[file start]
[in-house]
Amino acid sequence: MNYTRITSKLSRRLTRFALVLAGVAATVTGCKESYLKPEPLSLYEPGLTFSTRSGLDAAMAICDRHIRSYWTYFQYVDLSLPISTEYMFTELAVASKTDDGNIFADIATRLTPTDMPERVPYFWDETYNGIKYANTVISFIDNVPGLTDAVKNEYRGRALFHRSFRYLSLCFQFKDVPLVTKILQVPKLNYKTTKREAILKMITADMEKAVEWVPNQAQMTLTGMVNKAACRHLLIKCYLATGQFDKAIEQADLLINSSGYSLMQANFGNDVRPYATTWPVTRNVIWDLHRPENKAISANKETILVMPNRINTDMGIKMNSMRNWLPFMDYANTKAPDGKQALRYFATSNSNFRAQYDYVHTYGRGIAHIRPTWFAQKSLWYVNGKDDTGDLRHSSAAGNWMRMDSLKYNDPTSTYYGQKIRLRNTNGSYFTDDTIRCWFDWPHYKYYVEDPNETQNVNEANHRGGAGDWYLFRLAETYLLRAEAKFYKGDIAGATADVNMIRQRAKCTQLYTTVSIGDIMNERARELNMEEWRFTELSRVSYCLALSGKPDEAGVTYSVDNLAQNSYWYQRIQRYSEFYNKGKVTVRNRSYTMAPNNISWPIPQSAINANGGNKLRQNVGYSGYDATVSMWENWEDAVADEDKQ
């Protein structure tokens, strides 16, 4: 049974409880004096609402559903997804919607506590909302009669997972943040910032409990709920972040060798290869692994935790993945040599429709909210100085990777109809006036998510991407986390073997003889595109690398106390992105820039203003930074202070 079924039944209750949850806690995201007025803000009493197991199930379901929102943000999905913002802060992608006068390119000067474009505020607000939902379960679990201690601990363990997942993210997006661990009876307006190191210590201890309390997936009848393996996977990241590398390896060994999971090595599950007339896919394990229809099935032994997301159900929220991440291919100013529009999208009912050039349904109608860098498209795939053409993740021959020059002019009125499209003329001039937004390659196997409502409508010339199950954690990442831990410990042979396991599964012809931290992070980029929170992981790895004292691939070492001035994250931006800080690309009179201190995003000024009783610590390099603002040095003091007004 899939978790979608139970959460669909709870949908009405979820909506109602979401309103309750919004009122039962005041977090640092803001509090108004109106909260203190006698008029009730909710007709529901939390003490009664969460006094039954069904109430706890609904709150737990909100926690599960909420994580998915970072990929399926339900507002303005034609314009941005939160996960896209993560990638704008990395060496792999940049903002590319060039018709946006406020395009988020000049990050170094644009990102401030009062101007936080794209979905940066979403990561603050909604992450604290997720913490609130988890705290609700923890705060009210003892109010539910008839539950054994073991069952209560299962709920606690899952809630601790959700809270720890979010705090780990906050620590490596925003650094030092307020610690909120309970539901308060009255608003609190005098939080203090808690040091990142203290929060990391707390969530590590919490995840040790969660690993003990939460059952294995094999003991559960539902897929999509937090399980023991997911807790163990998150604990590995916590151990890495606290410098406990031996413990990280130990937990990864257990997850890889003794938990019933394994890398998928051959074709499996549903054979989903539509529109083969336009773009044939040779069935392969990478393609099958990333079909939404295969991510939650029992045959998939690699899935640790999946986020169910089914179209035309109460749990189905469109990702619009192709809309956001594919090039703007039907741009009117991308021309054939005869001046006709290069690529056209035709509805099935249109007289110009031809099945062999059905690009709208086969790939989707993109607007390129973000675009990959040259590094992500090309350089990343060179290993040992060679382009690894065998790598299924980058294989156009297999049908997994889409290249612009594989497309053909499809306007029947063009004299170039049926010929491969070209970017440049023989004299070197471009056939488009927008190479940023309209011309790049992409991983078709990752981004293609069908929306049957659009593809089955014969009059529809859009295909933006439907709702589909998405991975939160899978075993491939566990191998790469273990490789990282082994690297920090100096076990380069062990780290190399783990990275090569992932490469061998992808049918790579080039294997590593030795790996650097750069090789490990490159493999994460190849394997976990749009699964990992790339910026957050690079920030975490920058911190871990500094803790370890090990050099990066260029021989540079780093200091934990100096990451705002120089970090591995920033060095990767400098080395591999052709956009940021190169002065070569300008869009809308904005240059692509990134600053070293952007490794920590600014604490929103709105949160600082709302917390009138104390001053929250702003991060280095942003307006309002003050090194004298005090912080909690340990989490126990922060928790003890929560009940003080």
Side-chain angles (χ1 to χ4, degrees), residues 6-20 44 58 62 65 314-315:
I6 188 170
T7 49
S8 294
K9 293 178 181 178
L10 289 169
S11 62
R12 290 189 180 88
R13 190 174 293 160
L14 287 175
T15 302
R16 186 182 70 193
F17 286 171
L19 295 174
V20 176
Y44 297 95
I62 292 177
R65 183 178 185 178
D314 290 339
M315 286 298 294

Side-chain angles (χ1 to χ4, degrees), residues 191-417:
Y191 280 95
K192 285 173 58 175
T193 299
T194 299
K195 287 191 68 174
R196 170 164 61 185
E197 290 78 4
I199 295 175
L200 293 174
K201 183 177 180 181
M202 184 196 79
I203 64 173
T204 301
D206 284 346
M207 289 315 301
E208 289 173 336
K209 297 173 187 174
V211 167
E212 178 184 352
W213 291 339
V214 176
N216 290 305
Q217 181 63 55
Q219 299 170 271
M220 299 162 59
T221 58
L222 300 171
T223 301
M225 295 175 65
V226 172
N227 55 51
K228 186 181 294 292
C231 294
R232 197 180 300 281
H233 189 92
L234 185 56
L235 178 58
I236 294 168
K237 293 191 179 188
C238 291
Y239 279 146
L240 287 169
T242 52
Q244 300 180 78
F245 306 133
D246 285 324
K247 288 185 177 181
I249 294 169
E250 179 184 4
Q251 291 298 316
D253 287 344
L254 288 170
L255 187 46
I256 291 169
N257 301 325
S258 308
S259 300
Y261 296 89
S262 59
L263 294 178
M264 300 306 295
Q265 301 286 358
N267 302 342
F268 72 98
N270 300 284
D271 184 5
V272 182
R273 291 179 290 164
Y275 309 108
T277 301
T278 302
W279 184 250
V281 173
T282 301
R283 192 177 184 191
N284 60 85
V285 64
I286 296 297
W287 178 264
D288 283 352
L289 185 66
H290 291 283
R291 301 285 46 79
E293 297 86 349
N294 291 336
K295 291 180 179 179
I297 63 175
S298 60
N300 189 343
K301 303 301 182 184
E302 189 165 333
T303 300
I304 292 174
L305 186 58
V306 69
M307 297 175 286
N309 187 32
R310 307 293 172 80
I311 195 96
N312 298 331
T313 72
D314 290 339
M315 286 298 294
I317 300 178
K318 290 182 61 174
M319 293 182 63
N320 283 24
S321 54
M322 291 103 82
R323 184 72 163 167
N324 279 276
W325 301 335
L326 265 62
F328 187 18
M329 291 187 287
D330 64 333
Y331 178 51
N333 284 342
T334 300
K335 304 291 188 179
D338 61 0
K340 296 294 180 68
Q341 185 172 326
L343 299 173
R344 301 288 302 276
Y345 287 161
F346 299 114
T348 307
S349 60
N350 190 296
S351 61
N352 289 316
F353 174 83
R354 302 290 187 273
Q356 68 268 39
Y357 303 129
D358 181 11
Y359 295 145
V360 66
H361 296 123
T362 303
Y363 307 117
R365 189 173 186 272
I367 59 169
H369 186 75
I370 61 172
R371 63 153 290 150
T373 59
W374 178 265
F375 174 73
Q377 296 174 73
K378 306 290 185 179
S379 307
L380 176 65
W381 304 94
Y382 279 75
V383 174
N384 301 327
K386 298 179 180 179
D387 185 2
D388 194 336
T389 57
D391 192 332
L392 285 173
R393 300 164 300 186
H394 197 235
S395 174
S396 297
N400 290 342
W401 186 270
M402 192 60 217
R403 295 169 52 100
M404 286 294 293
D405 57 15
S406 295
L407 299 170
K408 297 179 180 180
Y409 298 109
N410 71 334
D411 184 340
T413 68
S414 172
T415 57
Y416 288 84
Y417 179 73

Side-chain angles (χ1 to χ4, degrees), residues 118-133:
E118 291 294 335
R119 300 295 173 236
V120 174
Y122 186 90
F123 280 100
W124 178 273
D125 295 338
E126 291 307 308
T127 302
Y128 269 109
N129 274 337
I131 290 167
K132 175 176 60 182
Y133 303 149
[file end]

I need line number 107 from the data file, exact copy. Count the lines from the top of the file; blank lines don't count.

R291 301 285 46 79